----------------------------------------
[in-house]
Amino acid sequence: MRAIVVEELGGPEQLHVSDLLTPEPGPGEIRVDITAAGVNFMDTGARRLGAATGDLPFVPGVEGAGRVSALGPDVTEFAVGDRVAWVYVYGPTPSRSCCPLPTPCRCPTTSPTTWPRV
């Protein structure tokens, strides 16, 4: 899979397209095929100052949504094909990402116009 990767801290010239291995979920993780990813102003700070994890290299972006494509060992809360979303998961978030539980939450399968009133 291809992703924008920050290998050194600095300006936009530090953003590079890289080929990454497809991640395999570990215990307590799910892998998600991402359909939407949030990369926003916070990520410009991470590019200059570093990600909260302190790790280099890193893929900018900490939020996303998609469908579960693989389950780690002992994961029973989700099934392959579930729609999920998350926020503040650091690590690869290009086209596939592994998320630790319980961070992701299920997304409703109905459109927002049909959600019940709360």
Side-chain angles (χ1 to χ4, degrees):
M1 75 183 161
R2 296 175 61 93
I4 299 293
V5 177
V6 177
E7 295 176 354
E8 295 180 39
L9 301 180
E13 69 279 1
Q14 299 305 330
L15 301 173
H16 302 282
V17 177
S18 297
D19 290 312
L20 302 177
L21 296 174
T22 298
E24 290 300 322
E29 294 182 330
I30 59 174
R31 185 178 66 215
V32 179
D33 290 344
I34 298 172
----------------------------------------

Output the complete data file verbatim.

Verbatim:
[in-house]
Amino acid sequence: MRAIVVEELGGPEQLHVSDLLTPEPGPGEIRVDITAAGVNFMDTGARRLGAATGDLPFVPGVEGAGRVSALGPDVTEFAVGDRVAWVYVYGPTPSRSCCPLPTPCRCPTTSPTTWPRV
């Protein structure tokens, strides 16, 4: 899979397209095929100052949504094909990402116009 990767801290010239291995979920993780990813102003700070994890290299972006494509060992809360979303998961978030539980939450399968009133 291809992703924008920050290998050194600095300006936009530090953003590079890289080929990454497809991640395999570990215990307590799910892998998600991402359909939407949030990369926003916070990520410009991470590019200059570093990600909260302190790790280099890193893929900018900490939020996303998609469908579960693989389950780690002992994961029973989700099934392959579930729609999920998350926020503040650091690590690869290009086209596939592994998320630790319980961070992701299920997304409703109905459109927002049909959600019940709360």
Side-chain angles (χ1 to χ4, degrees):
M1 75 183 161
R2 296 175 61 93
I4 299 293
V5 177
V6 177
E7 295 176 354
E8 295 180 39
L9 301 180
E13 69 279 1
Q14 299 305 330
L15 301 173
H16 302 282
V17 177
S18 297
D19 290 312
L20 302 177
L21 296 174
T22 298
E24 290 300 322
E29 294 182 330
I30 59 174
R31 185 178 66 215
V32 179
D33 290 344
I34 298 172